As part of being a Bible Study leader, I meet with some of the guys in my study one-on-one every week. Usually, we talk about issues of the day, personal problems, and all that. However, one guy is pretty well informed in the Reformed (Calvinist) tradition, and I've basically been playing Devil's Advocate with him. Lately, we've been examining Roman Catholic teaching in the Council of Trent, and what Roman Catholics believe. His initial (and possibly current) position was that the Roman Church is not Christian, though individuals within may be. My position is that the Reformed and Rome see the same thing differently, like looking at the two sides of a coin without realizing it's the same coin. Lately, I've been looking at Anglican, Lutheran, and Roman theology in order to test him (iron sharpens iron). It's been good, and I think we're both learning.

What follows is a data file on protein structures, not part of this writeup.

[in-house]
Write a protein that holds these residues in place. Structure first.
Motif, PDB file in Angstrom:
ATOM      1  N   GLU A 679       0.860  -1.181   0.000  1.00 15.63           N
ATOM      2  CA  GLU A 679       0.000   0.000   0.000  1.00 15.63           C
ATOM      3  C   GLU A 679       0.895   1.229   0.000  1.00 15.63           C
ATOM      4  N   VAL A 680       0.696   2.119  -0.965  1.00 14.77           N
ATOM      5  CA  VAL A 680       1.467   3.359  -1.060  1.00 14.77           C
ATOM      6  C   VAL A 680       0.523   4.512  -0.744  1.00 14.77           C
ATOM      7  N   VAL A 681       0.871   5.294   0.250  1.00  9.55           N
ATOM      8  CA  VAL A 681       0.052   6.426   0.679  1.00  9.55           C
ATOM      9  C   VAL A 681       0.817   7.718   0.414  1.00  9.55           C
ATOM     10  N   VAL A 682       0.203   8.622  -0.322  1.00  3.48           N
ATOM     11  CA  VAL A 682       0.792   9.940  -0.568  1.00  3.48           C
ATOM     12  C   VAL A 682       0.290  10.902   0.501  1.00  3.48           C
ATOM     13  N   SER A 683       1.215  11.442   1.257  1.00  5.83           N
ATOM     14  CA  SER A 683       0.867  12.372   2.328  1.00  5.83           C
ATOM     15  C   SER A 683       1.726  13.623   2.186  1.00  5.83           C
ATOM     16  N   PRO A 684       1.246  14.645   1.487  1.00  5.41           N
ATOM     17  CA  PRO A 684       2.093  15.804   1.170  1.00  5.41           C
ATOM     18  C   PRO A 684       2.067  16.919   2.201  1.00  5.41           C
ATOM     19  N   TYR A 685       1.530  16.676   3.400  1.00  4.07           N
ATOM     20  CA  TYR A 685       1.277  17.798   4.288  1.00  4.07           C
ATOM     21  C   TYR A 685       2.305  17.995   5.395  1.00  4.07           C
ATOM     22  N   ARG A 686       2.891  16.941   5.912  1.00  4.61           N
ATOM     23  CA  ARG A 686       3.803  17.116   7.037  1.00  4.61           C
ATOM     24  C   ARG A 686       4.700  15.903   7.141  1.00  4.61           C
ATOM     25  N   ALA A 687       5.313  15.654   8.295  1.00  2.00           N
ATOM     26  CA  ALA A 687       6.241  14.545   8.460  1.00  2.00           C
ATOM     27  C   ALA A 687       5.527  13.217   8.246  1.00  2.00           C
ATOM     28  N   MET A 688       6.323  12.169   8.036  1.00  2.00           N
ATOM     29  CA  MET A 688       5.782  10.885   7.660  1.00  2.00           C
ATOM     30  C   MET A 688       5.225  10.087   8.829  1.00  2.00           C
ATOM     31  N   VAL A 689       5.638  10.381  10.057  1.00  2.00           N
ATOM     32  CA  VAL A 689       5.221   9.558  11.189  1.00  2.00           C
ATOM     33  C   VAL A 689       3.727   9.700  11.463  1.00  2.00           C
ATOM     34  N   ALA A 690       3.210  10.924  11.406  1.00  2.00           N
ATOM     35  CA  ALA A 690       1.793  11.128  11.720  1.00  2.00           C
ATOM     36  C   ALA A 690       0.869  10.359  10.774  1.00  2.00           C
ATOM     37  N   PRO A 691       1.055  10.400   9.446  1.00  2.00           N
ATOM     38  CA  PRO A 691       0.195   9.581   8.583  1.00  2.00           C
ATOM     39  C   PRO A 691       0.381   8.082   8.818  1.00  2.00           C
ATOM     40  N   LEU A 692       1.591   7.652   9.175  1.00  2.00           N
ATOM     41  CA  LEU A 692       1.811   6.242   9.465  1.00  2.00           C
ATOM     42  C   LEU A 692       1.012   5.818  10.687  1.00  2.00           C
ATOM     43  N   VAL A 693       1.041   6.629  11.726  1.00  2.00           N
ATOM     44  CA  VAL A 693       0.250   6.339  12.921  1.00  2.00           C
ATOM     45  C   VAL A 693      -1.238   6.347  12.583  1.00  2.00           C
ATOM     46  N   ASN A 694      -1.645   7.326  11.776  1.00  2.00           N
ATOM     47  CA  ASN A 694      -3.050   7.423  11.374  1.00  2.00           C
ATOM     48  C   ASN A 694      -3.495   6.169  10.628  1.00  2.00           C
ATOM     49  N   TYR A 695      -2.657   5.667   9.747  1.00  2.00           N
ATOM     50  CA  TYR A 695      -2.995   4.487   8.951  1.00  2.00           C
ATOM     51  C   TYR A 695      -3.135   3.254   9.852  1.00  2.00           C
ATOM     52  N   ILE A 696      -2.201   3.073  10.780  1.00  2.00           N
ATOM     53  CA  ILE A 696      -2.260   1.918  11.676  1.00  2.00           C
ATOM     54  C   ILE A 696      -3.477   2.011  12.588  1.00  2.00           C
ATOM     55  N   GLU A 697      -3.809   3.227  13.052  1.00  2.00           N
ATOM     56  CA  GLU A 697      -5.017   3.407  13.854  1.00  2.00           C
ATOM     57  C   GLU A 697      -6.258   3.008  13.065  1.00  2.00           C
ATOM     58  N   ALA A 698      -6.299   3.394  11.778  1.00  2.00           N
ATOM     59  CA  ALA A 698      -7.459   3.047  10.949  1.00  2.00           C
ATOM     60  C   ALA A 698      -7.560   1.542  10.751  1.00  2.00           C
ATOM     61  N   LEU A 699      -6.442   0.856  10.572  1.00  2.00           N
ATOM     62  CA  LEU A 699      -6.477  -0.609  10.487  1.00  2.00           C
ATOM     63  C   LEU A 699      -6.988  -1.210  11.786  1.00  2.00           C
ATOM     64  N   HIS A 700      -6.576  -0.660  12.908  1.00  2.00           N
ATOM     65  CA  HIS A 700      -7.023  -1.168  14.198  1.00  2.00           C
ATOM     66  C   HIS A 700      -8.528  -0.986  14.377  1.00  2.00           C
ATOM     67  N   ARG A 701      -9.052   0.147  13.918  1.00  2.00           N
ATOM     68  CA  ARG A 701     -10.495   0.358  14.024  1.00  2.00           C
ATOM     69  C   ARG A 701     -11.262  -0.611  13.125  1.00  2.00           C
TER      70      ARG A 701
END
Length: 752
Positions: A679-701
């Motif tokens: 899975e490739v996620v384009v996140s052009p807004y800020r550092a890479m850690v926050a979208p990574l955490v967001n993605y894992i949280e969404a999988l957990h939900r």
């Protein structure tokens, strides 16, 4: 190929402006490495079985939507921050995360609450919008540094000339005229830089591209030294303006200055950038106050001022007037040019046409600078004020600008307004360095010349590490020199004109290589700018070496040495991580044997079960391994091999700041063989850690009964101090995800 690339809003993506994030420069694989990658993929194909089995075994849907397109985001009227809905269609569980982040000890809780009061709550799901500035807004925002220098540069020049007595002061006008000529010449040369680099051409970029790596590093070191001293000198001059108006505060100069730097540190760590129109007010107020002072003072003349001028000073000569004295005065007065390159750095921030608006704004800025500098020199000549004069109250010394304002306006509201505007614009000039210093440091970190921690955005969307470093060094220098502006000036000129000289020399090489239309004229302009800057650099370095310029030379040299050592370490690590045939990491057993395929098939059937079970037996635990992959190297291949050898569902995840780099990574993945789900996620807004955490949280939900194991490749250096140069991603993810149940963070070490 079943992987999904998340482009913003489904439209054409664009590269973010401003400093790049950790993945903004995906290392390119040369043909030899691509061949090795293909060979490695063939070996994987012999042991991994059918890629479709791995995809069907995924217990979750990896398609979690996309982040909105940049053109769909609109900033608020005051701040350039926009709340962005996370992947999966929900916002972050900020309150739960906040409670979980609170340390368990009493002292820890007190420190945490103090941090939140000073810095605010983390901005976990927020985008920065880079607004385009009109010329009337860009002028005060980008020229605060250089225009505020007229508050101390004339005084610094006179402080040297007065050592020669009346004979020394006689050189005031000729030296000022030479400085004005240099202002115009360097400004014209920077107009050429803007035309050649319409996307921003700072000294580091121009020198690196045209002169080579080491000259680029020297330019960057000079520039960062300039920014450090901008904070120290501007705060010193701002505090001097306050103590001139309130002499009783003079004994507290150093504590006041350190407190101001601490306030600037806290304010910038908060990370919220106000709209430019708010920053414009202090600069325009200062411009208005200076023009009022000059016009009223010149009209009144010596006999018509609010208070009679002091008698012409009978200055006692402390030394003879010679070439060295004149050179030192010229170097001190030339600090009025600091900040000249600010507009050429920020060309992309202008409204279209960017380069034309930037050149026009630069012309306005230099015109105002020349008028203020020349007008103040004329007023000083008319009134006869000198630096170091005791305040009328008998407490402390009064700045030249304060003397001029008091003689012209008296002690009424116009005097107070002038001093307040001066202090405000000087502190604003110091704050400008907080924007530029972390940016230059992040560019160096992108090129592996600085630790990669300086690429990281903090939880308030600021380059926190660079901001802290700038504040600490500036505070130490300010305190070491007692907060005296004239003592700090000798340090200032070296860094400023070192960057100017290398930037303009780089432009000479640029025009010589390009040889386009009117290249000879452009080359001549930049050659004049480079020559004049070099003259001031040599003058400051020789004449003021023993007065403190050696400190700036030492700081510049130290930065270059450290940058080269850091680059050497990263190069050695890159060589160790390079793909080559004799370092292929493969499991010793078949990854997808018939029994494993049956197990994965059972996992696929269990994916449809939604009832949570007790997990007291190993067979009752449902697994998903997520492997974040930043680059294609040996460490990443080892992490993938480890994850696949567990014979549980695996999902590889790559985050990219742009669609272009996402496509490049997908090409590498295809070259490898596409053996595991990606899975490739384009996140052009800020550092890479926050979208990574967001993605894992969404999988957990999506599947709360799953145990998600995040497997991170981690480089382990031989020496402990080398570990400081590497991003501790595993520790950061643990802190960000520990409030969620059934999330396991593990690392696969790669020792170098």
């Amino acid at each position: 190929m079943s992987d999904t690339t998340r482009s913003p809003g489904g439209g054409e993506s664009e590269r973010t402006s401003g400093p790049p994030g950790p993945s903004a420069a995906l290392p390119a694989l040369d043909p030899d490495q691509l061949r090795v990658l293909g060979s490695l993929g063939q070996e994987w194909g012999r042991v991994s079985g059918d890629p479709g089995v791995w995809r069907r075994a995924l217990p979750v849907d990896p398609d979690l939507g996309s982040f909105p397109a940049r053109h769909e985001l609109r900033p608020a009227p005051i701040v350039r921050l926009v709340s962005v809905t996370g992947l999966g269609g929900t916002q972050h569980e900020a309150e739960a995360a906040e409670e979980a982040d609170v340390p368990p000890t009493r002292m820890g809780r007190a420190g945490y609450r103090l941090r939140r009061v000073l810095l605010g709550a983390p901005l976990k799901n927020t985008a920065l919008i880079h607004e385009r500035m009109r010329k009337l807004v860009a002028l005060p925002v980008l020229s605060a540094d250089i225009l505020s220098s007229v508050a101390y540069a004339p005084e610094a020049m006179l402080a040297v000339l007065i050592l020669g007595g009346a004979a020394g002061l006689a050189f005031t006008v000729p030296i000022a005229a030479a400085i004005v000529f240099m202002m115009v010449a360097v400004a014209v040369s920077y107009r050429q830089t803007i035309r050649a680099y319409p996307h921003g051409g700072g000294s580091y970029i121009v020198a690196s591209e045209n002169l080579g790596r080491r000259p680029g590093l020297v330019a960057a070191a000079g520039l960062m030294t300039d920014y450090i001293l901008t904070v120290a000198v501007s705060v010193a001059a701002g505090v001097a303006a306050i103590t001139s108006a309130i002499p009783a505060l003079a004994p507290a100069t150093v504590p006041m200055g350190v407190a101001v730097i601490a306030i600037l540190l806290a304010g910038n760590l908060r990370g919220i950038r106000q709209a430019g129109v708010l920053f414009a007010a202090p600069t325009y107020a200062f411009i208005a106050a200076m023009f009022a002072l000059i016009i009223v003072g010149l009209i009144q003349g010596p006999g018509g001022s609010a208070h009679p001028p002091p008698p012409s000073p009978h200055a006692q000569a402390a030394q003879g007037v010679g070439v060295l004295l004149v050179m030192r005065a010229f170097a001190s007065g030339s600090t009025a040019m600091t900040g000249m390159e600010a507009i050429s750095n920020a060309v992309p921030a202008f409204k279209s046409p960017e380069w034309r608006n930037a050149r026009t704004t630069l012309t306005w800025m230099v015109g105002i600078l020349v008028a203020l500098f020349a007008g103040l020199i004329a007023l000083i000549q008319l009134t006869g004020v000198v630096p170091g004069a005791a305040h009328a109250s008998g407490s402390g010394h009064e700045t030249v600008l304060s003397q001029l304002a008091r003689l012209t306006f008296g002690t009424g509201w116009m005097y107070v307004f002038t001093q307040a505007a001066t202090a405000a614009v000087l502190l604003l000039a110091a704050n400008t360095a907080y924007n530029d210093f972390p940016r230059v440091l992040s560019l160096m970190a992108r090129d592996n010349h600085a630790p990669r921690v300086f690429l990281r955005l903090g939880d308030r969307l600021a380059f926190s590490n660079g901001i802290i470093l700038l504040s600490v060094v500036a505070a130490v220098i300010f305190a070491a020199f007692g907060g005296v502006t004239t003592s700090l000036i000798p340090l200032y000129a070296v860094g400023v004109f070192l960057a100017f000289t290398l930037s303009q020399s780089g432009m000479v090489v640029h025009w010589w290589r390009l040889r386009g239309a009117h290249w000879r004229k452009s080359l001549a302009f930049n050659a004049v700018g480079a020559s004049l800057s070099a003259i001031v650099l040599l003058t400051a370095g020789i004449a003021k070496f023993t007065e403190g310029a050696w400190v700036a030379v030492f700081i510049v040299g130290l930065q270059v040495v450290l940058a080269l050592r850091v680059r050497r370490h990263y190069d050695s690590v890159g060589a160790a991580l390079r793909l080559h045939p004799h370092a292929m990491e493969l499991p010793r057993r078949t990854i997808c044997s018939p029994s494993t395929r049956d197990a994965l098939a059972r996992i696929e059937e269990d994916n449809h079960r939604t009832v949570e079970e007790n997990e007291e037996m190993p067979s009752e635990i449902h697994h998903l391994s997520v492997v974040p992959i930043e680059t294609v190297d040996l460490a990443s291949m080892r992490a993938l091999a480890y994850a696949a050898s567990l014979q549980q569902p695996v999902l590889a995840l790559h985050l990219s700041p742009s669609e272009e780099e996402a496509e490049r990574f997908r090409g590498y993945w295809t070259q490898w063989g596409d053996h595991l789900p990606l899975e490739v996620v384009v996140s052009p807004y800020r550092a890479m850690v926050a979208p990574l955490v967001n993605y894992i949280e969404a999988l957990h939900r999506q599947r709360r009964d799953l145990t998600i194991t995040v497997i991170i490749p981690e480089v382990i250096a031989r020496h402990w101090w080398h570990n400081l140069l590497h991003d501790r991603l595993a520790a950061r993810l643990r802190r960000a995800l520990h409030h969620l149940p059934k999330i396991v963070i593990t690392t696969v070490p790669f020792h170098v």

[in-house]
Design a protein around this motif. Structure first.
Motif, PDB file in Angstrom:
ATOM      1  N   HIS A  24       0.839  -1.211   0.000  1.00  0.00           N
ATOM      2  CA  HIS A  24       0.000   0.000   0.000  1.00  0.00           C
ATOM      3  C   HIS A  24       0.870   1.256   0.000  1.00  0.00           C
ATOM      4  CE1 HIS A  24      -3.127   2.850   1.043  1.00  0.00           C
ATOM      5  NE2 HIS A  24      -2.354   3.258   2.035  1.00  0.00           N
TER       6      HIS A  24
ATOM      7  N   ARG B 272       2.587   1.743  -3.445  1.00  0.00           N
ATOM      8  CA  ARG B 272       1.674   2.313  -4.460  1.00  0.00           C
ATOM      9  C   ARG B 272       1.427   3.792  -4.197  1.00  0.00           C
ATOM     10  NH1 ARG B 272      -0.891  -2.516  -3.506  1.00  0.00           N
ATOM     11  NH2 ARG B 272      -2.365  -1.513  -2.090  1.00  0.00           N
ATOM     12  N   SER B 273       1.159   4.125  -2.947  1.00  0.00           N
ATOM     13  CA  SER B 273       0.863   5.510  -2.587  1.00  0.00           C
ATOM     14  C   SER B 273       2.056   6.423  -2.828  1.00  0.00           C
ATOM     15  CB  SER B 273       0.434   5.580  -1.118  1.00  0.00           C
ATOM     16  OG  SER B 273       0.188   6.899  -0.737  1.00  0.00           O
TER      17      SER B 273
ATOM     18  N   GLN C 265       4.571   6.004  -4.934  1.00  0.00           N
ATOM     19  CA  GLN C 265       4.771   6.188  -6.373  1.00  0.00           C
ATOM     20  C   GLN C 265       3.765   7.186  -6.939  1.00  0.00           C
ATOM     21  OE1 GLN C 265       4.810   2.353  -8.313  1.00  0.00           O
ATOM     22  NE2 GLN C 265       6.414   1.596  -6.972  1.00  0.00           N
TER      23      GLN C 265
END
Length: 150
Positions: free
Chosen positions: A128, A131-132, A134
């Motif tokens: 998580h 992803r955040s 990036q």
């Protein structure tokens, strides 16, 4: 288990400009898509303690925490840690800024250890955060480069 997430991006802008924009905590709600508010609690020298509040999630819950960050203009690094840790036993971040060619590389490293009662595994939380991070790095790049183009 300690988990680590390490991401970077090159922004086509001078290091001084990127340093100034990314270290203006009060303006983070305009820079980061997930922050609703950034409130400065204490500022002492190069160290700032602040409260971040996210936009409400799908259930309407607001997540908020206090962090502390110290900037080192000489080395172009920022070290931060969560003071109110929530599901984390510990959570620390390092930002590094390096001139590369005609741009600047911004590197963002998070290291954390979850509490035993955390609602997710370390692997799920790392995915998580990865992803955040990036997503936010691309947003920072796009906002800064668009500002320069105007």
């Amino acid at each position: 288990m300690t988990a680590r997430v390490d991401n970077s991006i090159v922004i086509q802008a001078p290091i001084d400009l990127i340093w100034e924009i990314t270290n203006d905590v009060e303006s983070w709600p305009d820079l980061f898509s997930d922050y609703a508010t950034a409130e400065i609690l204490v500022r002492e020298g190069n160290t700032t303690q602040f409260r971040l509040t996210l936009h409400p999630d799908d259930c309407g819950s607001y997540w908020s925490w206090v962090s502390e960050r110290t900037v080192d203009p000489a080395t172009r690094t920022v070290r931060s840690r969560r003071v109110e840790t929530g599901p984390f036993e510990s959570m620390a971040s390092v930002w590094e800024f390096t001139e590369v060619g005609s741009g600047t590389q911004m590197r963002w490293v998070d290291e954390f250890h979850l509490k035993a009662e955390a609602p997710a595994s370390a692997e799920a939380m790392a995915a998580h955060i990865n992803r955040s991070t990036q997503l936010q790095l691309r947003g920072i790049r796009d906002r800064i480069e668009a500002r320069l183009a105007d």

Meanwhile, I've decided a few things on my own. Firstly, until Rome is ready to give up doctrines such as Papal Infallibility (and those dogmas resulting from it, such as the Marian ones) and probably praying to saints and the idea of purgatory, reconciliation between the them and HokiePundit is impossible. Once again, though, I must stress that I do not have the resources to provide for the entire Roman Catholic Church in the event of their theological surrender, so the status quo is, at present, acceptable. I've also been astonished (appalled?) to discover that Article XVII of the Thirty-Nine Articles seems to be in favor of Predestination. Well, the Anglican Church may be Reformed, but I'm not. Lastly, I've been looking at Lutheran doctrines (my dad is Lutheran, so it's okay!), and I have to admit that I've been intrigued. I'll read up some more, and see where things end up. I do have to say that I've never been a huge proponent of Apostolic Succession, and the rules of blessing the sacrament that are contained within. I'm also not yet ready to concede to the Reformed notion of Predestination. Obviously there is some form of it, but I still maintain that Free Will has a major role.